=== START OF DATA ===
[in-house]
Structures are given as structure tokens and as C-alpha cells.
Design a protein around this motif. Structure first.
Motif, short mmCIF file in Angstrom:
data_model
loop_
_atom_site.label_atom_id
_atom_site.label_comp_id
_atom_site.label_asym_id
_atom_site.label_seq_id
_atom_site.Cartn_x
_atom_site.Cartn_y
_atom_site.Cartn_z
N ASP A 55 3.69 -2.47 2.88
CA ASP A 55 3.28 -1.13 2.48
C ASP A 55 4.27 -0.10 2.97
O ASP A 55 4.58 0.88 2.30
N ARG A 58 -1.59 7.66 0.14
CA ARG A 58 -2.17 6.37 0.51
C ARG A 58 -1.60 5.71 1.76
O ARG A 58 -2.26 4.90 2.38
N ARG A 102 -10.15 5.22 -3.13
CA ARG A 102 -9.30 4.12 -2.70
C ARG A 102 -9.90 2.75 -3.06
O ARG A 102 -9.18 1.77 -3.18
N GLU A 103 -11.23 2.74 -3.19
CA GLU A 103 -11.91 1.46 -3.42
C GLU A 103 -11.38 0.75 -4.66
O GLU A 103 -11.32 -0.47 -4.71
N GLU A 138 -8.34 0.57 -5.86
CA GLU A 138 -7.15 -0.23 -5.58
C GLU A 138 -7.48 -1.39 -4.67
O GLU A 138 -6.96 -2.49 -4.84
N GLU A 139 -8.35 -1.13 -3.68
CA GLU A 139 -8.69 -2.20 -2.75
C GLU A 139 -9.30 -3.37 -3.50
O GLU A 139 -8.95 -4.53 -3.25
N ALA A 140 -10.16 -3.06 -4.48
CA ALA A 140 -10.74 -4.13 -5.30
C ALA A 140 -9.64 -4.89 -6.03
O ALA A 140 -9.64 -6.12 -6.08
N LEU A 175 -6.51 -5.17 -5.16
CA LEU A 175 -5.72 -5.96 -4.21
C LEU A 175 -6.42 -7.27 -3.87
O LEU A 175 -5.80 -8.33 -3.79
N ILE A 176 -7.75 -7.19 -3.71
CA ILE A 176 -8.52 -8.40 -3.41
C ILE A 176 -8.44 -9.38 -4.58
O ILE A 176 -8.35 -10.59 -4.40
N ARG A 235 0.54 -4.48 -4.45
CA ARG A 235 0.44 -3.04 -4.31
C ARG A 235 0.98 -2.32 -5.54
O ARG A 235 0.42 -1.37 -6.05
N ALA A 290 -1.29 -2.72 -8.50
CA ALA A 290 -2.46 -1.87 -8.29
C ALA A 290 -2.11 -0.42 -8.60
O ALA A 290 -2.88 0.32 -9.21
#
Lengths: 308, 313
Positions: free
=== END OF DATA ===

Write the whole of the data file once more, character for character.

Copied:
[in-house]
Structures are given as structure tokens and as C-alpha cells.
Design a protein around this motif. Structure first.
Motif, short mmCIF file in Angstrom:
data_model
loop_
_atom_site.label_atom_id
_atom_site.label_comp_id
_atom_site.label_asym_id
_atom_site.label_seq_id
_atom_site.Cartn_x
_atom_site.Cartn_y
_atom_site.Cartn_z
N ASP A 55 3.69 -2.47 2.88
CA ASP A 55 3.28 -1.13 2.48
C ASP A 55 4.27 -0.10 2.97
O ASP A 55 4.58 0.88 2.30
N ARG A 58 -1.59 7.66 0.14
CA ARG A 58 -2.17 6.37 0.51
C ARG A 58 -1.60 5.71 1.76
O ARG A 58 -2.26 4.90 2.38
N ARG A 102 -10.15 5.22 -3.13
CA ARG A 102 -9.30 4.12 -2.70
C ARG A 102 -9.90 2.75 -3.06
O ARG A 102 -9.18 1.77 -3.18
N GLU A 103 -11.23 2.74 -3.19
CA GLU A 103 -11.91 1.46 -3.42
C GLU A 103 -11.38 0.75 -4.66
O GLU A 103 -11.32 -0.47 -4.71
N GLU A 138 -8.34 0.57 -5.86
CA GLU A 138 -7.15 -0.23 -5.58
C GLU A 138 -7.48 -1.39 -4.67
O GLU A 138 -6.96 -2.49 -4.84
N GLU A 139 -8.35 -1.13 -3.68
CA GLU A 139 -8.69 -2.20 -2.75
C GLU A 139 -9.30 -3.37 -3.50
O GLU A 139 -8.95 -4.53 -3.25
N ALA A 140 -10.16 -3.06 -4.48
CA ALA A 140 -10.74 -4.13 -5.30
C ALA A 140 -9.64 -4.89 -6.03
O ALA A 140 -9.64 -6.12 -6.08
N LEU A 175 -6.51 -5.17 -5.16
CA LEU A 175 -5.72 -5.96 -4.21
C LEU A 175 -6.42 -7.27 -3.87
O LEU A 175 -5.80 -8.33 -3.79
N ILE A 176 -7.75 -7.19 -3.71
CA ILE A 176 -8.52 -8.40 -3.41
C ILE A 176 -8.44 -9.38 -4.58
O ILE A 176 -8.35 -10.59 -4.40
N ARG A 235 0.54 -4.48 -4.45
CA ARG A 235 0.44 -3.04 -4.31
C ARG A 235 0.98 -2.32 -5.54
O ARG A 235 0.42 -1.37 -6.05
N ALA A 290 -1.29 -2.72 -8.50
CA ALA A 290 -2.46 -1.87 -8.29
C ALA A 290 -2.11 -0.42 -8.60
O ALA A 290 -2.88 0.32 -9.21
#
Lengths: 308, 313
Positions: free